This is an oversight that the IAF would have loved during Operation Opera in 1981, when they bombed Iraq's nuclear reactor. In any event, the outcomes were the same:
Why does it matter?
The inevitable question. Why go through a science fiction movie to attempt to explain military power theories of the real world? Simple--an outgunned, out-manned force that is technologically outmatched can still fight and win if their underlying theories are correct. The most obvious set of examples of such occurrences come from any number of Arab/Israeli conflicts from the 20th century, and a number of delightful summaries can be found in Kenneth M. Pollack's book Arabs at War: Military Effectiveness, 1948-1991. Contained within the first 150 or so pages are a number of exposes regarding the performances of the Egyptian military in a number of wars against Israel during the latter half of the 20th century. In a number of the conflicts, the Egyptian military possessed a preponderance of then-modern Soviet equipment that was technologically superior to the motley assortment possessed by the Israelis. However, the Israelis consistently beat back their Egyptian foes, in fight of odds that would be thought suicidal to any "Old Theory" adherents.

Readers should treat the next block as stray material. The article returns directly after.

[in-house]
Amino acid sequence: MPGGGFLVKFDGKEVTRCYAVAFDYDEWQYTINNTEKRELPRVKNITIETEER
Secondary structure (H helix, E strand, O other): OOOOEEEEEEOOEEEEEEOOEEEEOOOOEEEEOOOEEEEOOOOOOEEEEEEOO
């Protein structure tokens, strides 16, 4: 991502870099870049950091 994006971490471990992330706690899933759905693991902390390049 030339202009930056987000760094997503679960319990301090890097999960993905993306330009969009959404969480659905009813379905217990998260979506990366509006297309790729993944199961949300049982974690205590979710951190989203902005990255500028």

How were the Israelis able to consistently claim victory? According to Biddle, any "New Theory" modern-system military will consistently come out victorious when faced up against a non-modern-system adversary, even if that adversary possesses the technological or numeric edge. This plays out in any number of wars the Israelis have fought against their admittedly underwhelming neighbors.
Famously, this lop-sided match between the modern system and non-modern system played out in Gulf War 1 and Gulf War 2, prompting many to speculate that it was the cusp of a revolution in military affairs. Biddle implies that the technological advancement demonstrated in the Gulf Wars is merely a result of the modern system's merging with the latest technology, rather than a full-scale revolution. In Gulf War 1 there were USMC tankers plodding around in outdated M60 tanks rather than the newest M1 Abrams. These armored columns were technologically outdated according to "Old Theory" adherents, and still dominated the battlefield because they had a better system of force employment.
While an reactive-armor plated M60 astride a dirt mound might not be as theatrically pleasing as snowbound pack mules, anachronistic trench warfare, and space battles culminating in an exploding moon-sized object, when viewed in the framework of Biddle's theories on Military Power, they can all do justice in showcasing the versatility and "galactic" truth of the primacy of force employment in the modern system.